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A# Maj9 Piano Chord

    Piano Diagram of A# Maj9 in Root Position

    A# Maj7-9 Chord - Root Position - Piano Diagram

    An A# Maj9 chord is a type of chord that consists of a major seventh chord combined with a major ninth note. This chord is built upon an A# major scale, and it includes the notes A#, Cx, E#, Gx, and B#. Keep reading to get a better grip on the music theory behind this chord.


    Structure of A# Maj9


    A#, Cx, E#, Gx, B#


    R, 3, 5, 7, 9

    Playing Extended Chords on Piano

    Extended chords are commonly used in piano playing, but they can be tricky to play in their entirety due to the large number of notes involved. To make these chords more manageable, pianists often omit certain notes, such as the root or the 5th. Another technique is to split the chord between both hands, playing either full or partial chords in each hand.

    However, even when notes are omitted or split between hands, extended chords can still create complex and dense harmonies. When these chords are inverted, the resulting clusters of notes can be particularly challenging to voice effectively.


    A# Maj9 Chord Inversions


    The A# Maj9 chord has a total of 4 inversions:

    Root Position: A# Cx E# Gx B#
    1st Inversion: Cx E# Gx A# B#
    2nd Inversion: E# Gx A# B# Cx
    3rd Inversion: Gx A# B# Cx E#
    4th Inversion: B# Cx E# Gx A#

     Piano Keyboard Diagrams

    A# Maj7-9 Chord - Root Position - Piano Diagram

    A# Maj9 Chord – Root Position


    Chord Inversions on Piano

    Chord inversions are a fundamental concept in music theory, as they help to understand how chords are constructed and how they can be used in progressions. When discussing chord inversions on a piano keyboard, it is important to note that the diagrams showing the sequence of notes in an inversion may not always correspond to practical playing.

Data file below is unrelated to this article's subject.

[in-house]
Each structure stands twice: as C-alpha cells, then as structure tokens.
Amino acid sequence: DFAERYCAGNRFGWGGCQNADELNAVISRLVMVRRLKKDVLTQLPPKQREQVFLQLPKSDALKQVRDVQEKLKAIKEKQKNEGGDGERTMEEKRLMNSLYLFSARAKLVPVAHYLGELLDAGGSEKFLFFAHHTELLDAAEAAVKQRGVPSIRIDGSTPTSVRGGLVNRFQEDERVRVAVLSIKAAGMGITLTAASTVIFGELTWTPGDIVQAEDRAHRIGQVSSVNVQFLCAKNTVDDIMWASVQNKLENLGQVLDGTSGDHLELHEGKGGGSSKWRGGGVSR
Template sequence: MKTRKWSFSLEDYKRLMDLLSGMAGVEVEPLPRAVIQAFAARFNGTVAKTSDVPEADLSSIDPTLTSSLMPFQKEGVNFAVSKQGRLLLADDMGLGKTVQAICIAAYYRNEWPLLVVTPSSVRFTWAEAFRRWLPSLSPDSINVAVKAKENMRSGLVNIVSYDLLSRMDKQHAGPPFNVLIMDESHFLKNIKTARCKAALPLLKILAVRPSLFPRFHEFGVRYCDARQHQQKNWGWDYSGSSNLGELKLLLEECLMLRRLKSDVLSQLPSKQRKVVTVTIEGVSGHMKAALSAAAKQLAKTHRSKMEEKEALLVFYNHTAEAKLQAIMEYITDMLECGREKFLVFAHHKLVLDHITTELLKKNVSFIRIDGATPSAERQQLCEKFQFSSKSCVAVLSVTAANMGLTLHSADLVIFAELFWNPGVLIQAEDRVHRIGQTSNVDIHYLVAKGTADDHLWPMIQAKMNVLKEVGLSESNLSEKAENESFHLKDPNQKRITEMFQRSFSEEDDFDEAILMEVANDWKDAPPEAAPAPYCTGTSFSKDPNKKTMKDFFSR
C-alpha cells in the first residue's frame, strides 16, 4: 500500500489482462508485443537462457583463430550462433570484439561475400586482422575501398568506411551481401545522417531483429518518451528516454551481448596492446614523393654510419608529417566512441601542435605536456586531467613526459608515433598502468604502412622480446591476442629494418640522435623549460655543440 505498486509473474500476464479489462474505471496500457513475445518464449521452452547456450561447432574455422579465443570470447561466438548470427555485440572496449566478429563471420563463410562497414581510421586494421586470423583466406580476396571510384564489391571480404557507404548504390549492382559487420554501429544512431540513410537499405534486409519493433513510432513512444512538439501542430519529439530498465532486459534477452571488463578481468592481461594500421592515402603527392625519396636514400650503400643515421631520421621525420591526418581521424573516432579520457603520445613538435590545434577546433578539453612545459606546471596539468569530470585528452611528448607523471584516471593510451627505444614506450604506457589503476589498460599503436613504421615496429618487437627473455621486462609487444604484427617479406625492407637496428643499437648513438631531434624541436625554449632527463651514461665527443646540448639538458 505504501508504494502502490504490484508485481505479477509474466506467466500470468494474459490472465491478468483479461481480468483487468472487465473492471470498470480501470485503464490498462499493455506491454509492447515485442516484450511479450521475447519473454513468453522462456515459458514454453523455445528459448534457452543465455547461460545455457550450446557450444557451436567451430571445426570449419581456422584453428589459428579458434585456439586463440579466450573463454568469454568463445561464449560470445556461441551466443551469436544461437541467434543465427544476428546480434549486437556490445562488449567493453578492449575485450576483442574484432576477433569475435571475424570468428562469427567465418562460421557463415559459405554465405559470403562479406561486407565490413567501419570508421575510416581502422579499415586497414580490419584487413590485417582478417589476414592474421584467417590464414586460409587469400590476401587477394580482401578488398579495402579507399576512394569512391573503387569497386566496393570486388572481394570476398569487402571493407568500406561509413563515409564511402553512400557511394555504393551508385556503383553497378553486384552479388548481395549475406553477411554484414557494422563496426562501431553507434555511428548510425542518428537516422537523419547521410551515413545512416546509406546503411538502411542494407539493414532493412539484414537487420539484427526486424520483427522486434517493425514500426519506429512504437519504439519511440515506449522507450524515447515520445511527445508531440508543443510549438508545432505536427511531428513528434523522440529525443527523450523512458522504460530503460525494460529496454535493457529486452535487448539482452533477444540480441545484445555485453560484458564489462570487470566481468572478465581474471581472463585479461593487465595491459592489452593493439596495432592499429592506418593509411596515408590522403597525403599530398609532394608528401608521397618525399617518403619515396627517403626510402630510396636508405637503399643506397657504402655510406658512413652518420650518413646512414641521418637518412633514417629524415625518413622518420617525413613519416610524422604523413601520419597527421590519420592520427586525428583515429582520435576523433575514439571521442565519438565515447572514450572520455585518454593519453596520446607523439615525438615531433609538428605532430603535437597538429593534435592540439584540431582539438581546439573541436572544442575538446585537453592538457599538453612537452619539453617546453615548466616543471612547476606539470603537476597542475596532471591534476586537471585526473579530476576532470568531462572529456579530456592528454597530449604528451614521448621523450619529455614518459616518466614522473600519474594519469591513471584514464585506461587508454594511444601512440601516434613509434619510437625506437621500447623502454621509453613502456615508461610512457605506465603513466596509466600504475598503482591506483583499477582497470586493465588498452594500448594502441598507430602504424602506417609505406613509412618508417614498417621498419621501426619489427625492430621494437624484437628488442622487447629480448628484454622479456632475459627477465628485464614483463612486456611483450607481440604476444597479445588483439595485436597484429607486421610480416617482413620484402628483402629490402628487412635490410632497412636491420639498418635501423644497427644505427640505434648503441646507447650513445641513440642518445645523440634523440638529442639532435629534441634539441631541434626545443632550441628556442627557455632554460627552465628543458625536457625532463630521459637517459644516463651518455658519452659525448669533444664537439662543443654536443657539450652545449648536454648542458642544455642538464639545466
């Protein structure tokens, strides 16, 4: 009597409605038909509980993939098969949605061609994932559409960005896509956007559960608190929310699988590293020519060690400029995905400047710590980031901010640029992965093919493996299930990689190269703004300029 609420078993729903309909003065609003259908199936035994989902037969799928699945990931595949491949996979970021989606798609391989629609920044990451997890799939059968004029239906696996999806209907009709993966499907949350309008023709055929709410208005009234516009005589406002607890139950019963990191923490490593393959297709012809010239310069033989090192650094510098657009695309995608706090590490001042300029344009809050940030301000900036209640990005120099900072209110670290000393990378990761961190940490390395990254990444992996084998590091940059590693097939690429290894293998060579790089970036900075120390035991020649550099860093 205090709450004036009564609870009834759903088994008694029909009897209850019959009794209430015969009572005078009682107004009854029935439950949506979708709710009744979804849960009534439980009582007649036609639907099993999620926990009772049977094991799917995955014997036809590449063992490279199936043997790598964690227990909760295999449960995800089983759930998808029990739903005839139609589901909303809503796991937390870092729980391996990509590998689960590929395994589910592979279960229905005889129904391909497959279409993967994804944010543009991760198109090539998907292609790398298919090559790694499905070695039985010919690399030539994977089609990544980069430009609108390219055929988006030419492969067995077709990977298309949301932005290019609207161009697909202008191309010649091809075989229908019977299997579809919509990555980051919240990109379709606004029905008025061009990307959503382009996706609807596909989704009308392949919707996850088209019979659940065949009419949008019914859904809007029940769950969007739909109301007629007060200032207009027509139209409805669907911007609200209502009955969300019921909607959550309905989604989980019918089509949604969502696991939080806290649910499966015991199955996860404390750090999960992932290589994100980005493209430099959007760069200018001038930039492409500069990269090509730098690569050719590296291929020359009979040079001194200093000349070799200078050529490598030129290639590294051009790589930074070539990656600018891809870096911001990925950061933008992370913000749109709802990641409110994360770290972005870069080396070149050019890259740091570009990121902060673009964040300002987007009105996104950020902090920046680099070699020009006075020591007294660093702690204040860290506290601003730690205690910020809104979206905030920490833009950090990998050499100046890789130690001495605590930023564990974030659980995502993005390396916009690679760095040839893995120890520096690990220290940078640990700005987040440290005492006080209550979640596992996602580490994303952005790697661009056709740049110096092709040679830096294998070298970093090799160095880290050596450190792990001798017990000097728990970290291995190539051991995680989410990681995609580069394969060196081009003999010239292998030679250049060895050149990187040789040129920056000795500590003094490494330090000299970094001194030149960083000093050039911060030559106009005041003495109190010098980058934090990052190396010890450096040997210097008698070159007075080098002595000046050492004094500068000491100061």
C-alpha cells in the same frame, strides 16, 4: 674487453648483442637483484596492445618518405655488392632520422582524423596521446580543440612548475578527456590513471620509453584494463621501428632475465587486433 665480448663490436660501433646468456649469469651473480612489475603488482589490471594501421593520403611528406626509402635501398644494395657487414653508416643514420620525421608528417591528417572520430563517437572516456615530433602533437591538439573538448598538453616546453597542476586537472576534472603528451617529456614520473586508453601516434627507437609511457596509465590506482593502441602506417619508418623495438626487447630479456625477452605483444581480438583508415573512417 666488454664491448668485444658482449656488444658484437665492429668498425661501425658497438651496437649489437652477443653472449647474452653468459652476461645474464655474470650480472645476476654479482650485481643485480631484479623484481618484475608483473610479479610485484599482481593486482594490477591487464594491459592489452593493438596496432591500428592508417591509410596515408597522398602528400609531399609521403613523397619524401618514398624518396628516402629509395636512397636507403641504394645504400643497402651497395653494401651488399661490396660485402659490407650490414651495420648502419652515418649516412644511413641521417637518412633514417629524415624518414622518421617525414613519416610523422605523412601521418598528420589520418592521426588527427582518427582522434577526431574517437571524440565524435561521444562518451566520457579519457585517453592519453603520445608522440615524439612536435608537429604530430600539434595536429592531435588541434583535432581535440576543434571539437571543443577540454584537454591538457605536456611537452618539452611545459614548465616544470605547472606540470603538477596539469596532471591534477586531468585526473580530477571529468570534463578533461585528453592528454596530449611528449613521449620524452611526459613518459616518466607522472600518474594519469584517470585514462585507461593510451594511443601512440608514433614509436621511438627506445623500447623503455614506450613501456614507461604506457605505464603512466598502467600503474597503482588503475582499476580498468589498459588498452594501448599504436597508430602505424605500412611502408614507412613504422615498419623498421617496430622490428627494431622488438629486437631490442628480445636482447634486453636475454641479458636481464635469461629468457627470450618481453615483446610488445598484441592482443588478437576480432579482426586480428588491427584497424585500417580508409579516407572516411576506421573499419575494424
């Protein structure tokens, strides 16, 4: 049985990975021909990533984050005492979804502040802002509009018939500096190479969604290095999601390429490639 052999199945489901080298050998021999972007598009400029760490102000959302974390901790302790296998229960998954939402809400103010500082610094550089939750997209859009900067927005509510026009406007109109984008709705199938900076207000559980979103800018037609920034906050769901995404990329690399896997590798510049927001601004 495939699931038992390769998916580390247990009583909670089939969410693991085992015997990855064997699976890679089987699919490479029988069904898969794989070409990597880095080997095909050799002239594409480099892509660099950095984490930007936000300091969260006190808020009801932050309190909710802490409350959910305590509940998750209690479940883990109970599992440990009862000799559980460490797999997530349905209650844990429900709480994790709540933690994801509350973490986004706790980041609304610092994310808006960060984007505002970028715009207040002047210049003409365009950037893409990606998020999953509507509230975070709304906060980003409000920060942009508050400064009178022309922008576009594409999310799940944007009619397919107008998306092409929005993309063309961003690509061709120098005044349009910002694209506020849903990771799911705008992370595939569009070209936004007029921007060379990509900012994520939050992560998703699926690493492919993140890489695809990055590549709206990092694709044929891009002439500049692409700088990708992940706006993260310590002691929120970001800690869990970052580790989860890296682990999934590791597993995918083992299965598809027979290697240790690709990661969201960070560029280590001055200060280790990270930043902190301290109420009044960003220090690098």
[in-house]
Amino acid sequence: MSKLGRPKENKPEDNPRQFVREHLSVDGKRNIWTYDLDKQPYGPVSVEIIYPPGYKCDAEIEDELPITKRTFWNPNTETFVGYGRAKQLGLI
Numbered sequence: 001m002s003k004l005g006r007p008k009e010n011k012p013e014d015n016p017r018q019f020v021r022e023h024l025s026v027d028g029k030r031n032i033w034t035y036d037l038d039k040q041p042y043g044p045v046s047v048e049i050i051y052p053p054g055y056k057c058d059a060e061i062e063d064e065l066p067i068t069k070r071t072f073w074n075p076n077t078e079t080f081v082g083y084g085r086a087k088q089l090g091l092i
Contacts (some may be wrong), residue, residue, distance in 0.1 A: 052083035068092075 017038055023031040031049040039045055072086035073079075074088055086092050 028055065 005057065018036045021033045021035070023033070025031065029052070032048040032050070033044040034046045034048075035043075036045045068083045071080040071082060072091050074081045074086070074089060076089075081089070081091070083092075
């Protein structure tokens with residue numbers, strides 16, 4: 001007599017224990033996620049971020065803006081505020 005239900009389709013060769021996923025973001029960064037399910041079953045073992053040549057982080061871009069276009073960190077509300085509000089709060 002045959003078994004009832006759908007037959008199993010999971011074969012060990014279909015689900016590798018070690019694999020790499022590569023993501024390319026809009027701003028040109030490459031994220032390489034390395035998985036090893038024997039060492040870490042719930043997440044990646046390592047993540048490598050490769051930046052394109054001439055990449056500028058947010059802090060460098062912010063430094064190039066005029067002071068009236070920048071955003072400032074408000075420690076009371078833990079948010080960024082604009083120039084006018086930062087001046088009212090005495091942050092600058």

In practical playing, proper chord voicings involve spreading the notes of the chord across different octaves and positions on the keyboard, which may not necessarily match the basic shape of the chord’s inversions as depicted in diagrams. Therefore, while chord inversion diagrams help understand the structure and sequence of notes in a chord, they may not always provide the most efficient way to play the chord on a piano keyboard.

    As a pianist, it is important to experiment with different voicings and fingerings of chords to find the most comfortable and efficient way to play them, while still maintaining the intended harmonic function and sound.

    Music Theory and Harmony of A# Maj9


    Building the A# Maj9 Chord: Different Approaches

    Starting from the A# Major Scale

    If you want to create a major 7/9 chord, the major scale is a useful reference point. You will need to combine five notes: the Root note, a major 3rd, a 5th interval, a major 7th, and a major 9th.

    For instance, to build the A# Maj9 chord, you can start with the A# Major scale.


    A# Major Diatonic Scale up to 13th

    A# Major Diatonic Scale


    A# Major Diatonic Scale up to 13th - Keyless Notation

    A# Major Diatonic – Keyless Notation


    To form an A# Maj9 chord, use the formula R, 3, 5, 7, 9 as follows: